Eroticism is a state of mind rather than a state of undress, and in that regard, it's not much different from romanticism, its partner-in-sublime. On the silver screen, it can be presented to us in the most subtle of ways, particularly when the film's protagonists exist in a society or period known for its repressive airs. Two of the best examples hail from a pair of pictures that were both released in 1993. In James Ivory's The Remains of the Day, it's reflected in a sequence in which the English servants played by Anthony Hopkins and Emma Thompson wrestle with their emotions as they pass off a book in his darkened chamber. Even better is the scene in Martin Scorsese's The Age of Innocence, whereupon a passionate Daniel Day-Lewis makes love to the only naked flesh visible on Michelle Pfeiffer's body: the wrist peeking out from between her glove and sleeve. Bright Star, the deeply romantic new movie from Oscar-winning writer-director Jane Campion, has several scenes of this nature, although my favorite has to be when poet John Keats (Ben Whishaw) explains to his great love Fanny Brawne (Abbie Cornish) how he will press his lips to the letters he writes her, so that when she receives them, she may likewise caress the paper with her mouth and thereby experience his kisses firsthand. In the wrong hands, such a scene could come across as pretentious or self-important or even risible, but Campion, firmly in control of her material, makes us understand how these lovers, whom fate has decreed will never be able to consummate their relationship, must create their own chaste versions of conjugal bliss.
Commencing in 1818 London, the story of Bright Star, with its key events based in fact but its smaller ones colored in by Campion's poetic license, takes place over the course of a couple of years, as the forward and fashion-conscious Fanny (she designs and sews her own clothes, and are they nice!) makes the acquaintance of two English poets trying to build names for themselves. One is Charles Brown (Asheville native Paul Schneider), who views Fanny as no more than a bubble-headed flirt and frequently engages her in vicious verbal combat (she holds her own quite nicely, thank you). The other is Keats, who's initially preoccupied with tending to his dying brother but in time falls for the lovely Fanny. She's equally smitten, but since he's penniless and since the women of the day were expected to set their sights on men with money, their love seems doomed -- even before he develops that bothersome cough.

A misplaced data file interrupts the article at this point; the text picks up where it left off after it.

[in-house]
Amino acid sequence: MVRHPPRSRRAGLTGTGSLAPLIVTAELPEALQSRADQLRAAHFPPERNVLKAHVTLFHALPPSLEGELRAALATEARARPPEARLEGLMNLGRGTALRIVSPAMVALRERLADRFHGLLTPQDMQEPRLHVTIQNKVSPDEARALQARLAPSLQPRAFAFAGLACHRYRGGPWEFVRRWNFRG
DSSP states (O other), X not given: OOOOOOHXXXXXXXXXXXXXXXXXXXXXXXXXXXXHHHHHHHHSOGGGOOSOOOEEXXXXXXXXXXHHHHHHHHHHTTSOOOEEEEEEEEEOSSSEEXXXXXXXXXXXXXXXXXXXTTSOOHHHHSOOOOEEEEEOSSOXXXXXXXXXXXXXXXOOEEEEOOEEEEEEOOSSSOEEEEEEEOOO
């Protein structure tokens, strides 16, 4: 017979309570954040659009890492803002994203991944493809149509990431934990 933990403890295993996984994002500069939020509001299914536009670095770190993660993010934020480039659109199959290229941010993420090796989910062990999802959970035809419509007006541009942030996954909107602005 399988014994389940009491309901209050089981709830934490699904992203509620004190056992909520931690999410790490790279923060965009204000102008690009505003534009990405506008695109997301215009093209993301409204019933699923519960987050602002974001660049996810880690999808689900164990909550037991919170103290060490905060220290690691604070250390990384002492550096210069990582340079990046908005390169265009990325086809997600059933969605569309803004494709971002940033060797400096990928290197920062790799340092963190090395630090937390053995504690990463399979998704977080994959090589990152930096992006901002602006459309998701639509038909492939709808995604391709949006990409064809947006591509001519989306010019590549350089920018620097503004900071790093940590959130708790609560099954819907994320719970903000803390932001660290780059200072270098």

Bringing the creative process to life on screen is always an uphill battle -- how does one turn thoughts into something tangible? -- but Campion uses the characters' dialogue to provide reasonably sturdy stepping stones into often abstract territory. Fanny's strong desire to learn about poetry -- to understand it, to appreciate it -- stirs our own interest (perhaps buried since college!), and Keats responds with an absolutely lovely speech comparing poetry to a dive in the lake. A similar respect for the craft remains on view throughout the picture, thereby never reducing the art to a mere plot device but rather constantly working it into the very fabric of the film.
Whishaw projects the right amount of soulful sensitivity as Keats, while Cornish exhibits the proper mix of feisty free spirit and wracked romantic in a nicely balanced portrayal. And then there's Schneider, whose boorish character isn't usually found in tasteful period pieces of this nature. His presence sparks the proceedings and provides the film with a zesty lining, and it'd be nice to see this Carolina boy pick up a deserved Oscar nomination.
As for Campion, she's made several films over the past 16 years, but all have been disappointments in the wake of her 1993 masterpiece The Piano. Bright Star isn't in the same ballpark as The Piano -- heck, it's not even in the same time zone -- but it's the first Campion movie since then to warrant 10 Best consideration. It's that special.